Banksy is the artist who has rocked the most the global artistic scene since Picasso and Dali. He is the figurehead of street art worldwide. For the most conservative critics, his work is weakened by its ephemeral nature. But one thing is certain for most art historians, graffiti is the greatest revolution that art has known since the second half of the twentieth century, and Banksy is its hero and herald.
With a growing but anonymous success worldwide since 2003, questions about his identity have multiplied. Attempting to unmask Banksy has become an end in itself. But rather than searching whether Banksy could be a certain Robert Banks, Robin Gunningham or Cunningham, Robert Del Naja or even a collective of artists. The most interesting quest around Banksy’s art is about the roots of his career and artistic message.
Once Upon A Time in Bristol…
A month ago, Banksy offered one of his most iconic pieces to the Bristol Museum: ‘A Devolved Parliament’. The move came 10 years after he created it for a unique, free and open-to-all exhibition in the city’s main art gallery: Banksy versus Bristol Museum, opened in the spring 2009.
Since February 2015, I have been exploring Bristol’s artistic scene, meeting and interviewing musicians, rappers, graffiti artists, and engaged Bristolians… I pulled from these exchanges a book, Out of the comfort zone, first published in France in October 2016, and recently published in the UK. And to understand Banksy, according to me, you indeed have to go to Bristol, where he grew up and started in graffiti in the early 1990s.
Banksy’s unconventional creativity come from his hometown precisely, according to me. A multicultural city, marked by a troubled history, slavery and the fight against slavery, a series of riots, and a few waves of migrations from Ireland, Italy and the Caribbean. For Bristol’s creativity did not just emerge in any part of the city, it came from an underground community, especially in St. Paul’s and Montpelier, mainly among immigrants, self-taught rebels and punk fans, during the Thatcher years.
Banksy clearly followed the footsteps of pioneers who opened an underground scene there 15 years before him. And these early writers and taggers made of graffiti an art loaded with messages. Among them, the first of the pioneers was Robert Del Naja, known as a graffiti artist as 3D, who first made graffiti murals in order to create an outdoor artwork set to upset and awaken.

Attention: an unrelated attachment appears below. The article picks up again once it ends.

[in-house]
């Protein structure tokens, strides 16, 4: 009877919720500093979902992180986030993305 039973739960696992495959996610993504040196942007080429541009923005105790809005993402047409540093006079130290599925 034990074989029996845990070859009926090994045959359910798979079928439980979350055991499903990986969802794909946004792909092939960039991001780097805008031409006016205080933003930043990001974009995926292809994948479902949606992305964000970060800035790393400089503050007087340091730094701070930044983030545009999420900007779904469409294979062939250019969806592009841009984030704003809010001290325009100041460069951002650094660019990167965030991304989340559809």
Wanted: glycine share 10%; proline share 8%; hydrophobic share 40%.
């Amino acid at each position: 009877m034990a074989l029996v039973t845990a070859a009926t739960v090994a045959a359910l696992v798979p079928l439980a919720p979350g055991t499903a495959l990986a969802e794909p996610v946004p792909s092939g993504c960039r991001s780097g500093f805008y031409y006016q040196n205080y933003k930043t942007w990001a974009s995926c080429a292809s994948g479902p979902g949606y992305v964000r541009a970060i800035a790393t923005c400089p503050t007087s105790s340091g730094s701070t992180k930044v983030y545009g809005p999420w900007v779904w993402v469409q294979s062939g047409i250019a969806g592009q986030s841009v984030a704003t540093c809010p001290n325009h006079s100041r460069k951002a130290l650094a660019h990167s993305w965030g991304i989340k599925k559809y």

From Bare Walls to the Gallery
Inspired by the writers from the Bronx and Brooklyn, like Futura 2000 and Jean-Michel Basquiat, from 1983, at just 18, this self-taught draughtsman imposed graffiti in Bristol and got noticed rapidly by other graffiti writers based elsewhere in England, then in New York City. 3D, born in 1965 in Brighton, grew in Bristol with a passion for comics, was better at drawing than at maths, and was a passionate music lover from his early years. He switched from The Beatles to punk rock at 11 years old, and was later blown away by a series of EPs of electronica, dub reggae and hip-hop. The Clash were his favourite band and they introduced him to the work of graffiti artist Futura 2000…
Since 1980/82, a few brilliant DJs had emerged in Bristol’s multicultural underground scene, influence by the sound of post-punk, reggae, dub and early hip-hop. They operated in a triptych form: while the DJ mixed discs, they introduced MCs to rap along, breakdancers and graffiti artists, tagging the walls during their performances, illustrating their invitations and flyers, and putting the crews’ names on the city’s walls.
This is what 3D was soon invited to do for the best crew: The Wild Bunch. His early graffiti represented the collective of DJs in the city centre as much as its different hills. Entitled ‘No Great Crime’ or ‘The Day The Law Died’, his bigger murals soon afterwards became a trademark for a new form of graffiti, soon to be rebaptised ‘street art’.